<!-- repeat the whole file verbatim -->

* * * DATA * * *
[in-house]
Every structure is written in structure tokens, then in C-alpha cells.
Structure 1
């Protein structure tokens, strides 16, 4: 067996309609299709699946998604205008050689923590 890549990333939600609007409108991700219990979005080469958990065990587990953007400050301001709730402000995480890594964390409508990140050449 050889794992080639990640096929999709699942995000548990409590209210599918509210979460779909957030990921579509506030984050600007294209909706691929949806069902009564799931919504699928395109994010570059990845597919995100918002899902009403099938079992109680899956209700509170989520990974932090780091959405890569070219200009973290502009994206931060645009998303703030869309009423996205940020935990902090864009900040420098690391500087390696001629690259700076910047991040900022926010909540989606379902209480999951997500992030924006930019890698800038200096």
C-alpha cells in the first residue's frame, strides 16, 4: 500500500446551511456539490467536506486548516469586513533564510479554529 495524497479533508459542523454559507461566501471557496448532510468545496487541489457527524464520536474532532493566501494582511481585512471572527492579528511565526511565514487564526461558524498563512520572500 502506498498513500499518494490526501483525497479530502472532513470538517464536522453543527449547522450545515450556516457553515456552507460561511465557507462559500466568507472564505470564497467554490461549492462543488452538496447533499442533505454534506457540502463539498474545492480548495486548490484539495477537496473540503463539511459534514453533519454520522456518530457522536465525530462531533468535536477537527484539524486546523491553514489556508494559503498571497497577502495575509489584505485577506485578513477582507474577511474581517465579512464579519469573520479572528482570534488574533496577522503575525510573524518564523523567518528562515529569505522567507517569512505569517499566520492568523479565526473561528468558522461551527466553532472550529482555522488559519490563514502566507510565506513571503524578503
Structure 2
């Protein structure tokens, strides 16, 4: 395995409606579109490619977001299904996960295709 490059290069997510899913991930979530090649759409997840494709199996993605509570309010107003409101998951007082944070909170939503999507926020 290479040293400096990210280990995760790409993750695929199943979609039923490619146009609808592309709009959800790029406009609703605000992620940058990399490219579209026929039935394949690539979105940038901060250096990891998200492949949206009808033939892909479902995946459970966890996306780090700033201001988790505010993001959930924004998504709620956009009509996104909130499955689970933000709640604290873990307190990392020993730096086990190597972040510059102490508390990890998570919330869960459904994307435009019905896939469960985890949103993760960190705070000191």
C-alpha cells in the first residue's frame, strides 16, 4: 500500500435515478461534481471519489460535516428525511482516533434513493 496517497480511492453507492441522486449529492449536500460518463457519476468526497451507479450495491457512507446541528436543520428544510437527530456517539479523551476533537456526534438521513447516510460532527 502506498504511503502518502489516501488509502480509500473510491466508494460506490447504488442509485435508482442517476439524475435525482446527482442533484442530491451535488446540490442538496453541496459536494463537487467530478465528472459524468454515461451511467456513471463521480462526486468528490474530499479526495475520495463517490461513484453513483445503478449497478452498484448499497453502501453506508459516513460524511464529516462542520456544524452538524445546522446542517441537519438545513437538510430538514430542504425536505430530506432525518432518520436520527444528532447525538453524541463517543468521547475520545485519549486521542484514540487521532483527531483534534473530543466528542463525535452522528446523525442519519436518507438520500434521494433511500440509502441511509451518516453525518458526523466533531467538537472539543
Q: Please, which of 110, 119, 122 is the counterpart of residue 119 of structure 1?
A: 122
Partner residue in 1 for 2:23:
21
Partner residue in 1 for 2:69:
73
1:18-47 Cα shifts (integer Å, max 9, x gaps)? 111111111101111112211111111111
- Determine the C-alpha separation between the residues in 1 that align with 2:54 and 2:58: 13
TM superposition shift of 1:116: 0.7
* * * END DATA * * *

[in-house]
Every structure is written in structure tokens, then in C-alpha cells.
Structure 1
């Protein structure tokens, strides 16, 4: 067996309609299709699946998604205008050689923590 890549990333939600609007409108991700219990979005080469958990065990587990953007400050301001709730402000995480890594964390409508990140050449 050889794992080639990640096929999709699942995000548990409590209210599918509210979460779909957030990921579509506030984050600007294209909706691929949806069902009564799931919504699928395109994010570059990845597919995100918002899902009403099938079992109680899956209700509170989520990974932090780091959405890569070219200009973290502009994206931060645009998303703030869309009423996205940020935990902090864009900040420098690391500087390696001629690259700076910047991040900022926010909540989606379902209480999951997500992030924006930019890698800038200096």
C-alpha cells in the first residue's frame, strides 16, 4: 500500500446551511456539490467536506486548516469586513533564510479554529 495524497479533508459542523454559507461566501471557496448532510468545496487541489457527524464520536474532532493566501494582511481585512471572527492579528511565526511565514487564526461558524498563512520572500 502506498498513500499518494490526501483525497479530502472532513470538517464536522453543527449547522450545515450556516457553515456552507460561511465557507462559500466568507472564505470564497467554490461549492462543488452538496447533499442533505454534506457540502463539498474545492480548495486548490484539495477537496473540503463539511459534514453533519454520522456518530457522536465525530462531533468535536477537527484539524486546523491553514489556508494559503498571497497577502495575509489584505485577506485578513477582507474577511474581517465579512464579519469573520479572528482570534488574533496577522503575525510573524518564523523567518528562515529569505522567507517569512505569517499566520492568523479565526473561528468558522461551527466553532472550529482555522488559519490563514502566507510565506513571503524578503
Structure 2
């Protein structure tokens, strides 16, 4: 395995409606579109490619977001299904996960295709 490059290069997510899913991930979530090649759409997840494709199996993605509570309010107003409101998951007082944070909170939503999507926020 290479040293400096990210280990995760790409993750695929199943979609039923490619146009609808592309709009959800790029406009609703605000992620940058990399490219579209026929039935394949690539979105940038901060250096990891998200492949949206009808033939892909479902995946459970966890996306780090700033201001988790505010993001959930924004998504709620956009009509996104909130499955689970933000709640604290873990307190990392020993730096086990190597972040510059102490508390990890998570919330869960459904994307435009019905896939469960985890949103993760960190705070000191």
C-alpha cells in the first residue's frame, strides 16, 4: 500500500435515478461534481471519489460535516428525511482516533434513493 496517497480511492453507492441522486449529492449536500460518463457519476468526497451507479450495491457512507446541528436543520428544510437527530456517539479523551476533537456526534438521513447516510460532527 502506498504511503502518502489516501488509502480509500473510491466508494460506490447504488442509485435508482442517476439524475435525482446527482442533484442530491451535488446540490442538496453541496459536494463537487467530478465528472459524468454515461451511467456513471463521480462526486468528490474530499479526495475520495463517490461513484453513483445503478449497478452498484448499497453502501453506508459516513460524511464529516462542520456544524452538524445546522446542517441537519438545513437538510430538514430542504425536505430530506432525518432518520436520527444528532447525538453524541463517543468521547475520545485519549486521542484514540487521532483527531483534534473530543466528542463525535452522528446523525442519519436518507438520500434521494433511500440509502441511509451518516453525518458526523466533531467538537472539543
Q: Please, which of 110, 119, 122 is the counterpart of residue 119 of structure 1?
A: 122
Partner residue in 1 for 2:23:
21
Partner residue in 1 for 2:69:
73
1:18-47 Cα shifts (integer Å, max 9, x gaps)? 111111111101111112211111111111
- Determine the C-alpha separation between the residues in 1 that align with 2:54 and 2:58: 13
TM superposition shift of 1:116: 0.7